There is no issue in American long-range strategic policy that exceeds in importance the question of the United States’ relationship with Japan. It is the only one of America’s alliances that is equally focused on all three of the major threats we will face in the 21st century: The threat of Islamic terrorism, the proliferation of nuclear technology to rogue regimes and the rise of China. And in light of the recent agreement between the United States and Japan, this is an auspicious moment at which to examine an extremely important topic.
In this article, I’ll pose four questions: Why is the U.S.-Japanese alliance so important to both governments right now? What is our vision for a strengthened U.S.-Japan alliance? What concrete steps must our governments take in the near to medium term to strengthen the U.S.-Japanese alliance? And what may be the obstacles to moving forward?
I won’t pretend to provide complete answers to any of these questions, but the process of working through them should help provide some of the strategic focus that both sides will need to achieve the important task of transforming the alliance.
WHY DOES THIS MATTER?
The U.S.-Japan alliance is one of the great strategic success stories of the Cold War era, and thus far, it looks as if it will continue. The latter fact has surprised many people who predicted the alliance would fray or even break after the collapse of the Soviet Union, but instead, and especially over the last 10 years, it has grown stronger. Why is this the case?
Part of the answer, despite the predilections of the realist school of international relations — both on the left and right — is that the alliance has been based, and continues to be based, on shared values and a broad conception of common interests, not only in a response to immediate threats. If that were all there was to it, once the Soviet Union had disappeared, the alliance would have ceased to exist as well.
But it is also true that in the past decade we have seen the emergence of new challenges and those have given renewed urgency to the alliance. It is interesting to contrast the developments in relations between the United States and Japan to those between the United States and Europe. In contrast to many of the states of Europe, there has been a considerable convergence in thinking between Americans and Japanese on the urgency and the importance of the challenges we face. I would identify three.
The first is the threat from irresponsible, aggressive and dictatorial states that seek weapons of mass destruction — North Korea, Iran and, at one time, Iraq. Those threats are with us now. In spite of the recent optimism over the Six-Party Talks on North Korea, there’s every reason to remain skeptical that we are going to achieve a satisfactory resolution of this confrontation.
The second challenge is the threat posed by terrorists who use whatever means they can to impose tyranny in the name of religion. And that is a direct threat to three central targets. One, the threat of an attack on the advanced industrial democracies, as we have seen in the United States, Europe, and — in 1995 — Japan. Two, there is a threat of destabilization posed by terrorist groups to the energy-producing areas in the Middle East and Central Asia. Three, there is the threat to the stability of countries along critical transportation routes from the Middle East into Northeast Asia. And although it is fair to say we have made significant progress in meeting this challenge over the last four years, it also seems safe to say that it is going to be with us for some time.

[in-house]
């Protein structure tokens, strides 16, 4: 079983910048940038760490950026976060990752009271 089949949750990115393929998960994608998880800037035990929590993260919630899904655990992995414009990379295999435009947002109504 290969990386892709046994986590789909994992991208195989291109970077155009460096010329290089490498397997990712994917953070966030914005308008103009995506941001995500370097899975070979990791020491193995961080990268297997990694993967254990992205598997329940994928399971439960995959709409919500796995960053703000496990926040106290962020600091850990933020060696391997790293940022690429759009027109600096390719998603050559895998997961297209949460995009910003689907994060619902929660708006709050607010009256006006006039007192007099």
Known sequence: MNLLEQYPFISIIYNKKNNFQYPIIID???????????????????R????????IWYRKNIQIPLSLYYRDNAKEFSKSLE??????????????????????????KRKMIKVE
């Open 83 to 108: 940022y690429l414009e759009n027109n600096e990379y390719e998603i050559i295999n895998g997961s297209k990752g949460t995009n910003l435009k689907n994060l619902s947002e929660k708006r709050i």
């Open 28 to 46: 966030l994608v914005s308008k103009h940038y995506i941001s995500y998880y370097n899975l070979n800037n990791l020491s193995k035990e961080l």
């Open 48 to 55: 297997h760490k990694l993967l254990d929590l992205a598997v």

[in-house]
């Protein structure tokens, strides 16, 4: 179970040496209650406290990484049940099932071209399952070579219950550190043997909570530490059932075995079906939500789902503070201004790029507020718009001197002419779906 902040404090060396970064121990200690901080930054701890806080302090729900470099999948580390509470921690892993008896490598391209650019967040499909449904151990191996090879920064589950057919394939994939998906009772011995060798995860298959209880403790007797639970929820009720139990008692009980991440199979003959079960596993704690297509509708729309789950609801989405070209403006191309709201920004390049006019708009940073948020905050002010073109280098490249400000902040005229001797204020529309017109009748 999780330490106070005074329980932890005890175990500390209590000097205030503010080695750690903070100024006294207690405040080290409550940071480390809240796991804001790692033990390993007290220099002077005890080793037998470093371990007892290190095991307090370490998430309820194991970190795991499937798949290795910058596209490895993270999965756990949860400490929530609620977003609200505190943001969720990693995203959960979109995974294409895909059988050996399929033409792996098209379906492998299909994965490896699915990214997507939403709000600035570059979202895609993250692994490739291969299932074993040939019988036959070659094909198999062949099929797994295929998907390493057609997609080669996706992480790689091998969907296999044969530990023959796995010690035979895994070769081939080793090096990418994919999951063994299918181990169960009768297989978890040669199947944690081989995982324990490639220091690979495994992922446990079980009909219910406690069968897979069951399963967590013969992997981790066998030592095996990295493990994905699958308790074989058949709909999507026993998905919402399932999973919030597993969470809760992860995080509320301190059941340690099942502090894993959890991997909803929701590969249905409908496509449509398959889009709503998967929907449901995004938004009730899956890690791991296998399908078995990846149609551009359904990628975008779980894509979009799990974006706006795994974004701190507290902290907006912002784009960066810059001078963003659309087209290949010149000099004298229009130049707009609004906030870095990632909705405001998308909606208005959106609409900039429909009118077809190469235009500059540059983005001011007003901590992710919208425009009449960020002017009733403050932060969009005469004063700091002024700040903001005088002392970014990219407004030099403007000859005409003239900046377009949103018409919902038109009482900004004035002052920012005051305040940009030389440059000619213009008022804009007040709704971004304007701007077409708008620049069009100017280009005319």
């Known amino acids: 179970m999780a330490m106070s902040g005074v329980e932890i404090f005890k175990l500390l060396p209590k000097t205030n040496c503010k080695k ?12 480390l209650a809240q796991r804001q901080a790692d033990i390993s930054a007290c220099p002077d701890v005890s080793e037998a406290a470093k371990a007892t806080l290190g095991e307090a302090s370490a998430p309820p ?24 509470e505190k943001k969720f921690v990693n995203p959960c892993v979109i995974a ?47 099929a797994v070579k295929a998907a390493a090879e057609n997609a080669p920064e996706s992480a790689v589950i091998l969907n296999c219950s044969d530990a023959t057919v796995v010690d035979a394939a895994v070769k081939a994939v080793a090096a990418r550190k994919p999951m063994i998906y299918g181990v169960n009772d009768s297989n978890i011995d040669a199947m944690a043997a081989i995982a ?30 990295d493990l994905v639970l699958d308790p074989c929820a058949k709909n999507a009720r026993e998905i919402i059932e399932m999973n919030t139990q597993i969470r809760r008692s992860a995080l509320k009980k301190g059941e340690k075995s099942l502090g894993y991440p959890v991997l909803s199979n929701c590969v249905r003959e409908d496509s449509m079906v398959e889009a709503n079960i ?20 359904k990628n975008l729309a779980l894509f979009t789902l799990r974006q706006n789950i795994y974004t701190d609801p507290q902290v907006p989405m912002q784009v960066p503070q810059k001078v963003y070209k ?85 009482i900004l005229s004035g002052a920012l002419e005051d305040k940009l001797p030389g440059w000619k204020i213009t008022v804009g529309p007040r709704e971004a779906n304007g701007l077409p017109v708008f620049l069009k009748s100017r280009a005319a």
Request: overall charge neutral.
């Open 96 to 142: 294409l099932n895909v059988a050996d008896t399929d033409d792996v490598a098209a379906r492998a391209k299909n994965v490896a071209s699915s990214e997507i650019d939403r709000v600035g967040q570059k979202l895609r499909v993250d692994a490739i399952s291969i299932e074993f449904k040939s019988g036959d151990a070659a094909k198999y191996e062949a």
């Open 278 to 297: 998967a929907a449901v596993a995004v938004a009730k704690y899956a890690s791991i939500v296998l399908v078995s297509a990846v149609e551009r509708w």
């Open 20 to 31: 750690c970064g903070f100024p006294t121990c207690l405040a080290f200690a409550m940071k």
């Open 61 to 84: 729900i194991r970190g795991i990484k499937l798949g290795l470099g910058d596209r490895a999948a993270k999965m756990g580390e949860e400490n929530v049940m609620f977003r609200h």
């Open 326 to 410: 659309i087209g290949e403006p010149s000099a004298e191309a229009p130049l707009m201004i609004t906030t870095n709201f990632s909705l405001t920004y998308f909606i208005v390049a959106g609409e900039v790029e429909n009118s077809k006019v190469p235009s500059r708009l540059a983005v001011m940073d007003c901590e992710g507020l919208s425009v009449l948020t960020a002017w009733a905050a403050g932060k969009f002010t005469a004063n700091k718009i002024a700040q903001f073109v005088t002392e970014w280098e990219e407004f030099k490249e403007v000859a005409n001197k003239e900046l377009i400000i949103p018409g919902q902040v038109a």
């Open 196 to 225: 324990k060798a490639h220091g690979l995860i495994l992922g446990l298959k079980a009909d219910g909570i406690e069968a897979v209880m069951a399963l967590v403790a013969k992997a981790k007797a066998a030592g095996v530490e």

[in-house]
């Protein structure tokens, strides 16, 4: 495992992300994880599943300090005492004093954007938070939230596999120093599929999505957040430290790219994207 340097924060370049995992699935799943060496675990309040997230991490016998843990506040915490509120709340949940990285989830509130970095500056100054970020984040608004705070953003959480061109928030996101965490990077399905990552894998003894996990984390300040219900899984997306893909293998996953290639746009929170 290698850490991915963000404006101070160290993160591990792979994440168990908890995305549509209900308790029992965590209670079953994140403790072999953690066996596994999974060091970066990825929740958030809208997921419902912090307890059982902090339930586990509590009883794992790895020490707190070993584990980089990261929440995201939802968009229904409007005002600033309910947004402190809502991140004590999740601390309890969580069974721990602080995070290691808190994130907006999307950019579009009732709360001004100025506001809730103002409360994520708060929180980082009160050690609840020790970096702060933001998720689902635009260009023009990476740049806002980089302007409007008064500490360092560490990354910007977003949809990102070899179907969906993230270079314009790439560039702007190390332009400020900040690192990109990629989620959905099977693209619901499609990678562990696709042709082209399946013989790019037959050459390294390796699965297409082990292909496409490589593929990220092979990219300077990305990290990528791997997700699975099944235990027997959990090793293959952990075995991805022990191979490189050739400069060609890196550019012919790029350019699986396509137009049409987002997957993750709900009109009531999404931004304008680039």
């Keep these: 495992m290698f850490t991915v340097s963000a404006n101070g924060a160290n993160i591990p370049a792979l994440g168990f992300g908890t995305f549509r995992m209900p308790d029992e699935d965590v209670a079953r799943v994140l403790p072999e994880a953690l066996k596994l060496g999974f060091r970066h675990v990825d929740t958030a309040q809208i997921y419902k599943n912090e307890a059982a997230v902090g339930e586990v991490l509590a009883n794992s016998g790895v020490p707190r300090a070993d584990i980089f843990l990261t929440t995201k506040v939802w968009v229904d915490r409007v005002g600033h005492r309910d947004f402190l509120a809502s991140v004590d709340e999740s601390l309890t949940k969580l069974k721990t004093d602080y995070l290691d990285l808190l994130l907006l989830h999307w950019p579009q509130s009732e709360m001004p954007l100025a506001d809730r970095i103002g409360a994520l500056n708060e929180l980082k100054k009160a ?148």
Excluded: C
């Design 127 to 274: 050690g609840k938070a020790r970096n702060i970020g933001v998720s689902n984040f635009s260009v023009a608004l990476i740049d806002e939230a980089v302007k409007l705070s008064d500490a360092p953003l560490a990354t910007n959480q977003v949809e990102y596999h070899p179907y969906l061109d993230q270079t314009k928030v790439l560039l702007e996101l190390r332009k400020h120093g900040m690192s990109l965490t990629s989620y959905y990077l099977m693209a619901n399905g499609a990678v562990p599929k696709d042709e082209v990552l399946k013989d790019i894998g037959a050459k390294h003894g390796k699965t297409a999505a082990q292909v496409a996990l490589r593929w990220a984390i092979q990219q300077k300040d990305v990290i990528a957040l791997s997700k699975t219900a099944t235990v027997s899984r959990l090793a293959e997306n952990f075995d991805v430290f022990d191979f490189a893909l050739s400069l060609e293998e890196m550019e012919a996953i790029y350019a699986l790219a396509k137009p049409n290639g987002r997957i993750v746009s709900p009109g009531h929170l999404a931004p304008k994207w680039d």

The third challenge, perhaps still a potential challenge, is that posed by fast-rising powers whose political development may not keep pace with their increasing economic and military capabilities. And since we have entered a new era of candor on this subject, let’s admit we’re talking about China.
It is extremely important to use a phrase that appeared in some of the early strategic planning documents of the Bush administration, the National Security Strategy document of 2002, to maintain what was referred to there as a “balance of power that favors freedom,” globally, but especially in Asia, to discourage any possibility of aggression or coercion, but also to work together to counter any Chinese effort to reshape Asia in ways contrary to our shared interests and values. This is a challenge that has only recently begun to be fully evident, and it will be with us for quite a long time.
Simply stated, the U.S.-Japanese alliance matters because both countries recognize the need to cooperate ever more closely to meet these challenges. Sadly, this is an assessment that only applies to several of our alliances in the world.
A VISION FOR THE ALLIANCE
Turning to my second question: What is our vision for the U.S.-Japan alliance and how do we see it fitting into the broader regional and global security architectures that may be developing? To specify terms of reference, what would we like to see the U.S.-Japan alliance look like five or 10 years from now?
On this issue, there is increasing agreement on the broad question — both American and Japanese strategists and decision-makers hope to build a more equal and fully integrated partnership. Some have referred to it as a “normal alliance;” that is because Japan is becoming more a normal country, thus the U.S.-Japan alliance will become a more normal alliance. The United States is committed so far not to do less — although it may reposition its forces and draw down its force levels in both Asia and Europe — and therefore Japan needs to do more if this alliance is to become more balanced.